Many people who experience itchy, watery eyes, congestion, runny nose and sneezing after visiting Doggie Style Pets may feel like there’s no way to find relief from their symptoms. Over-the-counter allergy medications aren’t effective for everybody; for those who need long-term relief, immunotherapy is the best option.
What Causes Allergies?
Your immune system works to protect your body from diseases, viruses and infections. But for the more than 50 million Americans with allergies, their immune system mistakes harmless substances such as pollen, pet dander, dust mites, certain foods, mold and insect stings as dangerous intruders and overreacts.
During this reaction, your immune system releases antibodies called Immunoglobulin E (IgE), which causes your cells to release histamine. Histamine increases your mucus production and cause swelling and itching; this is what causes your allergy symptoms.
What Is Immunotherapy?
Immunotherapy works a lot like a vaccine: Each dose contains an allergen extract that triggers a mild immune response. Over time, your body eventually builds a tolerance to the substance.
Immunotherapy can be administered in shot, drop or tablet form.
- Allergy shots are administered in an allergy clinic in two phases. During the buildup phase, which lasts three to six months, you’ll receive a shot one to three times per week. Each week, the dose is increased slightly until you reach a maintenance dose. During the maintenance phase, you’ll receive one shot per month for three to five years, until immunity is reached.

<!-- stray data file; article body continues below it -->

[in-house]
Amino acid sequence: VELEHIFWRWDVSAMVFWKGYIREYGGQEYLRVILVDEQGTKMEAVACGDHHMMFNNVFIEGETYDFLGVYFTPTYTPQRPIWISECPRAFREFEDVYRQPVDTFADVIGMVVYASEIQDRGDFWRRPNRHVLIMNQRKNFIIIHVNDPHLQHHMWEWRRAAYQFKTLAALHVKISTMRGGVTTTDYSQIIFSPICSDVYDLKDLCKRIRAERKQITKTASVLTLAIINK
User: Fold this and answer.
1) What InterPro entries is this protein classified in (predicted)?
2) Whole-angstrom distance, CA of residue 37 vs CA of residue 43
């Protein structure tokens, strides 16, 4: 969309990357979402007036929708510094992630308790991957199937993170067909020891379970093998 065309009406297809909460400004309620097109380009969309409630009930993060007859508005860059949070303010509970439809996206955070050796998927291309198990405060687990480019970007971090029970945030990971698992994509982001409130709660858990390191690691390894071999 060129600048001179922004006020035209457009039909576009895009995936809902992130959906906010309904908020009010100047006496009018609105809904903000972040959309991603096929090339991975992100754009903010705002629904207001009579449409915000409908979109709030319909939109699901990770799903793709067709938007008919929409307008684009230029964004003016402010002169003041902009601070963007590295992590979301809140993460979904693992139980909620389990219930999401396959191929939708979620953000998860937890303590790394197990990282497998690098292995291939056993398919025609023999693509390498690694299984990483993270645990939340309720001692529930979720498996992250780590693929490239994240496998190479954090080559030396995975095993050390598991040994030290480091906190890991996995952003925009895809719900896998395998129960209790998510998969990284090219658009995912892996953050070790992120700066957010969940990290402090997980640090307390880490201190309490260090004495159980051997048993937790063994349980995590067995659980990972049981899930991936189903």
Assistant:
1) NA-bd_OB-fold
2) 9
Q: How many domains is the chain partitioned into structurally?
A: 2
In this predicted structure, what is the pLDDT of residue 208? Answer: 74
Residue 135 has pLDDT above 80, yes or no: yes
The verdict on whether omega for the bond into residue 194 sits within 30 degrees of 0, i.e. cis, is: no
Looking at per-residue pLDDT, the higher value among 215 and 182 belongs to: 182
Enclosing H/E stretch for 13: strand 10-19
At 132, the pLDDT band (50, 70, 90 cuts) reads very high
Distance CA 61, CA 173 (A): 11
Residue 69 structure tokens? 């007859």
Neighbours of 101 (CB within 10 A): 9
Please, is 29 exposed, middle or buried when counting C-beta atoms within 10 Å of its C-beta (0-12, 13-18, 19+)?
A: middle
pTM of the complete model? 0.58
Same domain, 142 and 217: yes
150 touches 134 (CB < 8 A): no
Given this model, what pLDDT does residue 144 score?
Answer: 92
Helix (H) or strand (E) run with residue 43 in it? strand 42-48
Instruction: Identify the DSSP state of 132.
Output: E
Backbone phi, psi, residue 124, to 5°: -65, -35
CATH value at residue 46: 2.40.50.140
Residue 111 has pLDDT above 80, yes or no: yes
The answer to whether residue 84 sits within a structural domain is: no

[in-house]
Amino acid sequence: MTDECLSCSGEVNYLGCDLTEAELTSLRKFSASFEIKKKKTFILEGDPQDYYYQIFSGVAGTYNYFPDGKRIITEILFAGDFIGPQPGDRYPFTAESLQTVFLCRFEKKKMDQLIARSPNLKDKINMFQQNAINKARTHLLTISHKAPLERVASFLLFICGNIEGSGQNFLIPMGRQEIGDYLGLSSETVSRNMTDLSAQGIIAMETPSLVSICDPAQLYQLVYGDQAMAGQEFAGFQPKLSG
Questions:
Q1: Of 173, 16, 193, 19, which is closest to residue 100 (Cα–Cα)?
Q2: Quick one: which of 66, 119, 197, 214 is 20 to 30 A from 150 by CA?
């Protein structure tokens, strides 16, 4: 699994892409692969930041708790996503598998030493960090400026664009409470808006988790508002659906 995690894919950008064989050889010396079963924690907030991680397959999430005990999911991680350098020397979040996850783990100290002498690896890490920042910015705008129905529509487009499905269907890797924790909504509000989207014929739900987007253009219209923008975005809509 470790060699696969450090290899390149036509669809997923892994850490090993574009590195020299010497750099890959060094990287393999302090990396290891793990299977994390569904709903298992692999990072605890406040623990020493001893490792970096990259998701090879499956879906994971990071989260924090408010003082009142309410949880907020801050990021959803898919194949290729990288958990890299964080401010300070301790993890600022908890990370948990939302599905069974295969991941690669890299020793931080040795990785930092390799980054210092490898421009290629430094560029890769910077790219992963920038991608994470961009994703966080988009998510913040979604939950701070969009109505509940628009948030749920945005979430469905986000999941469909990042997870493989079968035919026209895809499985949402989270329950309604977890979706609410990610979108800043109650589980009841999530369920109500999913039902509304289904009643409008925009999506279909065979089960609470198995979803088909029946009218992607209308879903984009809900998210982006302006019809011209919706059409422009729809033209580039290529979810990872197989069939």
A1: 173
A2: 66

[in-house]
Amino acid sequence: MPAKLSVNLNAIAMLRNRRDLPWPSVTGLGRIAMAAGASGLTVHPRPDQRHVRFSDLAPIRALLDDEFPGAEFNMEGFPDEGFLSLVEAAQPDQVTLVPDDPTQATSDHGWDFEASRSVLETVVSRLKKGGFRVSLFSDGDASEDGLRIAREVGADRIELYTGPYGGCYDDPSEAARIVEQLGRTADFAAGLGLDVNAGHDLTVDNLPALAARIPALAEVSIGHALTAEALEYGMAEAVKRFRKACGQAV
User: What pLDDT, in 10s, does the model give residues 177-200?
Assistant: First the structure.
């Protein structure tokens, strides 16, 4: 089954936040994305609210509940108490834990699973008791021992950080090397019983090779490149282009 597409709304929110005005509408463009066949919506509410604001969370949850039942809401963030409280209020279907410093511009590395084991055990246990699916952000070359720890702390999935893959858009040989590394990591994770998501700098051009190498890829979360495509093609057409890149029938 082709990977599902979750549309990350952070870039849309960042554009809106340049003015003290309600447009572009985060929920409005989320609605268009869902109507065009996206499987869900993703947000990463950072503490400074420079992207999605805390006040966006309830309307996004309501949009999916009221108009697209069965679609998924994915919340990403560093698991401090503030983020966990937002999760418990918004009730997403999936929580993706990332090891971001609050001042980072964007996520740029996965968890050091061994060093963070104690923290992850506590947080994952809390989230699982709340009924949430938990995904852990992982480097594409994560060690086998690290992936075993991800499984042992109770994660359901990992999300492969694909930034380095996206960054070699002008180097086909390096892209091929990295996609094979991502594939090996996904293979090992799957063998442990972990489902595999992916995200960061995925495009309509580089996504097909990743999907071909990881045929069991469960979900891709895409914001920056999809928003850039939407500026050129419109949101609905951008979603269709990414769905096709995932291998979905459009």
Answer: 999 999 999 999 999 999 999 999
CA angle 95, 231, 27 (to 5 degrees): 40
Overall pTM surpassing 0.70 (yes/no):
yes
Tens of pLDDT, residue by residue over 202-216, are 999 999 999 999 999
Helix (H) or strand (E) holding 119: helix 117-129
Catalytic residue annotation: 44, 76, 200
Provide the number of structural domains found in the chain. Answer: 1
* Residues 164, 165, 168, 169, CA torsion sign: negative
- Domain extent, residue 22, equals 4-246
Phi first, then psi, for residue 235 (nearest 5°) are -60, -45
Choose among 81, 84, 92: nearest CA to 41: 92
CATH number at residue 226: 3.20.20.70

- Allergy drops/tablets can be administered at home after the first dose. The four types of allergy tablets that have been approved by the FDA treat ragweed, Timothy grass, dust mites and a combination of five various grass species. How often and how long you take the tablets depends on which type you take.
What to Expect from Immunotherapy
Many patients report that their symptoms begin to improve six months to a year after starting immunotherapy, and gradually experience fewer and more mild symptoms over time.
Risks of immunotherapy are low. Complications usually involve local reactions, including redness and swelling at the injection site or itchiness in the mouth in the case of drops tablets. Anaphylaxis is rare, but your medical team will be there to intervene in case of a serious reaction.
For more information or to schedule an appointment, call Pinnacle ENT Associates today.